OK, you don't actually have to shove rosemary all the way up into your nose, but a new study has found that smelling it improves your cognitive performance. British researchers exposed 20 volunteers to different levels of rosemary aromas, then assessed their cognitive performance and mood. They also did blood tests to measure the amount of 1,8-cineole (a component of rosemary oil) that the volunteers had absorbed. They found that the higher a person's concentration of 1,8-cineole was, the better they performed on speed and accuracy tests.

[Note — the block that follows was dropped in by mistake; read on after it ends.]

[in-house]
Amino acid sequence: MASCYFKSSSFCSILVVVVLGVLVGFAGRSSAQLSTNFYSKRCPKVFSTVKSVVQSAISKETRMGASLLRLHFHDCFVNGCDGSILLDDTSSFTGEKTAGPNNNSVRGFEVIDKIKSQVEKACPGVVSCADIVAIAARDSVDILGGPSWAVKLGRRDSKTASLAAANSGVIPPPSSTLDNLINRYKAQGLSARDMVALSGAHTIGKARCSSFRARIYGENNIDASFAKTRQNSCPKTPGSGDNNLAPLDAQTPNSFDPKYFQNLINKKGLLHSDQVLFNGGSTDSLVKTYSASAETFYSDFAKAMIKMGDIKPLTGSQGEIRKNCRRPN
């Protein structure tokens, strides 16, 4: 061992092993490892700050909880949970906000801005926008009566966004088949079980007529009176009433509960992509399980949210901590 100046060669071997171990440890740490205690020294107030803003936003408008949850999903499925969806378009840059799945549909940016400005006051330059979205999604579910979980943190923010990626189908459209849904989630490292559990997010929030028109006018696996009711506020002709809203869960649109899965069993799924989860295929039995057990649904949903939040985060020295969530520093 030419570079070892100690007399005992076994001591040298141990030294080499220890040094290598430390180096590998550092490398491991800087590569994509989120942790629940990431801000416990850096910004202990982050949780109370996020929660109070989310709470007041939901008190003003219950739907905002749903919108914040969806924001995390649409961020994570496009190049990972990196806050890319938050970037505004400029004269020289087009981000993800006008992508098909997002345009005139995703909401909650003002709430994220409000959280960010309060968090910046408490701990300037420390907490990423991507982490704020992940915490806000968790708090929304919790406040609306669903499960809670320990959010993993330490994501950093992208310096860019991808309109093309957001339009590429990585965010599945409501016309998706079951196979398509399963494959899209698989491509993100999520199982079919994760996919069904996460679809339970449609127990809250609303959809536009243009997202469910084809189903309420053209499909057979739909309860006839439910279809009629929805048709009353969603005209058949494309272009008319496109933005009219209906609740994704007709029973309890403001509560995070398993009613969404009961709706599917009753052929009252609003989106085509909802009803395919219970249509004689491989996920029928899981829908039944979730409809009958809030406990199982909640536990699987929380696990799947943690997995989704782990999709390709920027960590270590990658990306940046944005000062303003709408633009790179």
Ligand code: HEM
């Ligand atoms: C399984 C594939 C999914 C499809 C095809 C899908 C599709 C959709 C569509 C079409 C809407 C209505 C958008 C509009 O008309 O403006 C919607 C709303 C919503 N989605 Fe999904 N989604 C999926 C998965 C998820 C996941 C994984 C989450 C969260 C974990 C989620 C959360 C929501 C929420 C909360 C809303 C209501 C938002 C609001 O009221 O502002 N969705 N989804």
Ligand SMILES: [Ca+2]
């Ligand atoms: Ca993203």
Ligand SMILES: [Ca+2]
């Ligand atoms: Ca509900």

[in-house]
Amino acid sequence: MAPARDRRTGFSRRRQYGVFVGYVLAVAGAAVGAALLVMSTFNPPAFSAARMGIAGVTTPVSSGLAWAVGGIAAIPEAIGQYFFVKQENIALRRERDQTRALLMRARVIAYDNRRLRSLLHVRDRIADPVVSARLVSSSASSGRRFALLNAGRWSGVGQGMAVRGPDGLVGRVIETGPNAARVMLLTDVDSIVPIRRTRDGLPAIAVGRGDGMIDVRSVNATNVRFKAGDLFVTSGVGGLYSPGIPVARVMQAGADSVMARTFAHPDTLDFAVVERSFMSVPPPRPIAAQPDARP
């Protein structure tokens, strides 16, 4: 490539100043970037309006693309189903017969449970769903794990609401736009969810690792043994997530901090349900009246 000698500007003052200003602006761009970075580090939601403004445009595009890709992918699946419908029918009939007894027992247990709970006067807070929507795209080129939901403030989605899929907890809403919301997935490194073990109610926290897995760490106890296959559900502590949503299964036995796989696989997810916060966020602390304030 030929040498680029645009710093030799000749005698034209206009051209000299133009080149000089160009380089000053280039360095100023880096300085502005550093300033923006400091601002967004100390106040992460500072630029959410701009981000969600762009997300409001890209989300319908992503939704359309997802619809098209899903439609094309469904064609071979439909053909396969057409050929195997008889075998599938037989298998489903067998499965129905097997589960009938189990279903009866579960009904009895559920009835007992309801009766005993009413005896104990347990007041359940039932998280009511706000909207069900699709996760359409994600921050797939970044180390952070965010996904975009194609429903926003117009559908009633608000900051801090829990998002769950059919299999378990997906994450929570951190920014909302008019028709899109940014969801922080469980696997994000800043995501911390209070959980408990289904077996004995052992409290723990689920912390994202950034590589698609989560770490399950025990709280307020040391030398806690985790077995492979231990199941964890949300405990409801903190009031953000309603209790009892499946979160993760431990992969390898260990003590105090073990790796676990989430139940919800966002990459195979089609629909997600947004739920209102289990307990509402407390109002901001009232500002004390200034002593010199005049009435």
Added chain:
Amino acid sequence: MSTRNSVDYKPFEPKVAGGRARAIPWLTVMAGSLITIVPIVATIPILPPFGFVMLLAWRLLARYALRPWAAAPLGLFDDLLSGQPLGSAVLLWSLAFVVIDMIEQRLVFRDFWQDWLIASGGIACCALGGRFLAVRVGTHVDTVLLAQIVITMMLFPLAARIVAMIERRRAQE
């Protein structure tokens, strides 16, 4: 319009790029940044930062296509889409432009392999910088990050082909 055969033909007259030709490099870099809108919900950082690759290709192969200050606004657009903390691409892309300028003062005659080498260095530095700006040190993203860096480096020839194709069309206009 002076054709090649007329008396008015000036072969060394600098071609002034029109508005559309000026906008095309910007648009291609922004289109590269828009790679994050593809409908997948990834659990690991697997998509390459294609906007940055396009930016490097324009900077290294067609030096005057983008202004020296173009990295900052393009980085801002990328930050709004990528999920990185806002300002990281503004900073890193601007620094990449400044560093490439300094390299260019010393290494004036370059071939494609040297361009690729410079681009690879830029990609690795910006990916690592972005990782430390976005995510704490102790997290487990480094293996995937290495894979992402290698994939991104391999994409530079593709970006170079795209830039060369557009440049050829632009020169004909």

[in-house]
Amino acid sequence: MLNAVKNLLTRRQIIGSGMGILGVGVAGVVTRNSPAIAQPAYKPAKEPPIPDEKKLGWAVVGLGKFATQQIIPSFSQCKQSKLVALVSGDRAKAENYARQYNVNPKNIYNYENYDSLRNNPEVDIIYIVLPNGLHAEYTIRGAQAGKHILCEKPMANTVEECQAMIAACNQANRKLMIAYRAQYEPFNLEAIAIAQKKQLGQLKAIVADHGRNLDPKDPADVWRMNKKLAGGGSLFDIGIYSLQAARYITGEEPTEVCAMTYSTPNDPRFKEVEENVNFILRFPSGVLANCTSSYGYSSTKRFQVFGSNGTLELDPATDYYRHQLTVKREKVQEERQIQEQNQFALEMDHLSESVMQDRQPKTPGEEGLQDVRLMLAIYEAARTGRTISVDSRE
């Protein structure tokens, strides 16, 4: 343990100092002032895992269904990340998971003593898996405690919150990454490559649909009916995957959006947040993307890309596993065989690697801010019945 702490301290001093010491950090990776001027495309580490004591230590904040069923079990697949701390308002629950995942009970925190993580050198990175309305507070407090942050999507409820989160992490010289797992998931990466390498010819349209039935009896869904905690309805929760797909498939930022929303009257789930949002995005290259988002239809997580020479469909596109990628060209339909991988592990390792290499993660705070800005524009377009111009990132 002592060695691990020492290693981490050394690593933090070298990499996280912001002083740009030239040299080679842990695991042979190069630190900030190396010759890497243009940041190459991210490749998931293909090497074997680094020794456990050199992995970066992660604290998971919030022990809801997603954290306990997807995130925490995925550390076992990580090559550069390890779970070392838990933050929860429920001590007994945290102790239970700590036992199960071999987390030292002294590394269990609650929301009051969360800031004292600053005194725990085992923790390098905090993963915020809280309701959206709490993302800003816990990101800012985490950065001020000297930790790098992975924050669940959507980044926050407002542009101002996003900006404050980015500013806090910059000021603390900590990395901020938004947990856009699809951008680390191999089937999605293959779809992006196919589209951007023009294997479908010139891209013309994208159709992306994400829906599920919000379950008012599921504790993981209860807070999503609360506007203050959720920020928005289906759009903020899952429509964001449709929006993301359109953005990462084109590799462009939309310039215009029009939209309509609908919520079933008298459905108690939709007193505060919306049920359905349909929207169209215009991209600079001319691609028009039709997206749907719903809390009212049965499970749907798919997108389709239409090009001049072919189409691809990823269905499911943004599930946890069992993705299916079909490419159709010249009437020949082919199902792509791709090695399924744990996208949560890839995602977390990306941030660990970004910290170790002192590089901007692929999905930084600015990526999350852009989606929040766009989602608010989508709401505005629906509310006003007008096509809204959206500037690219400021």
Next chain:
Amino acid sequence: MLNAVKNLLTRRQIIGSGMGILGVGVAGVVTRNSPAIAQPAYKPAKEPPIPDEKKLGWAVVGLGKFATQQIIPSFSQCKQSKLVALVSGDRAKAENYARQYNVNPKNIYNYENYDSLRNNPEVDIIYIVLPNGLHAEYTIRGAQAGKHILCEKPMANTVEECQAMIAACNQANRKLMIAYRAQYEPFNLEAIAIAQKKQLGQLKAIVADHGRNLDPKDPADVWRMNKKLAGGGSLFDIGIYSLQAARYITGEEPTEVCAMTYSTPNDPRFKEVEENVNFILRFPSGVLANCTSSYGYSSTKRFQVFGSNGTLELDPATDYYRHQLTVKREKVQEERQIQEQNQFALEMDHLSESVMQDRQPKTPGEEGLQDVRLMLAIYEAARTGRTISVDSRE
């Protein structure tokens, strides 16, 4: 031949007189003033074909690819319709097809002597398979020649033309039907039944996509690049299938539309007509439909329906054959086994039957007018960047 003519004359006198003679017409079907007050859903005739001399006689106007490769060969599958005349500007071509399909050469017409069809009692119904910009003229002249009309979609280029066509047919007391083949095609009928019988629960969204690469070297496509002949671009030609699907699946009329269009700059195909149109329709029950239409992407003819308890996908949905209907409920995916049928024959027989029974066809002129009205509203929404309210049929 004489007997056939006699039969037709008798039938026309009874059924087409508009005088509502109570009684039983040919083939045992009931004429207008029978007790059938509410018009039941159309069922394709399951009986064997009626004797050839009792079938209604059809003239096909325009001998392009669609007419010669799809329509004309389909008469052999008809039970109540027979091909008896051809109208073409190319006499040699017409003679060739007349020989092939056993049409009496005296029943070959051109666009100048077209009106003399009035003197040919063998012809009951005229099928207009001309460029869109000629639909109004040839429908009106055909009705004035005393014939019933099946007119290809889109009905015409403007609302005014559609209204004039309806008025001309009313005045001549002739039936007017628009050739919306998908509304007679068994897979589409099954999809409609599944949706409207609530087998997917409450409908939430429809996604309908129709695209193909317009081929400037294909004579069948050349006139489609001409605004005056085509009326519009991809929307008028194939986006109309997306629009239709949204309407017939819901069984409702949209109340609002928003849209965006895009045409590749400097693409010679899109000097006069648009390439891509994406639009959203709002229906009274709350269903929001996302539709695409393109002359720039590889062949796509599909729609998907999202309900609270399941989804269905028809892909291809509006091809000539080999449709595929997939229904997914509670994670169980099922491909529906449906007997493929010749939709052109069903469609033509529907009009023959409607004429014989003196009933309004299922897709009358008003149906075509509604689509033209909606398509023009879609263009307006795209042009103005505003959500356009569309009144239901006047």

There is a downside, however, to sniffing a bunch of rosemary—besides the fact that it doesn't look or sound cool to do it. The higher a person's concentration of 1,8-cineole was, the less content they were. If you're looking for a brain boost (and want to feel a little less content), but can't stand the smell of rosemary, you might try other plants, like eucalyptus, bay, wormwood, and sage, which all have the same substance in them.
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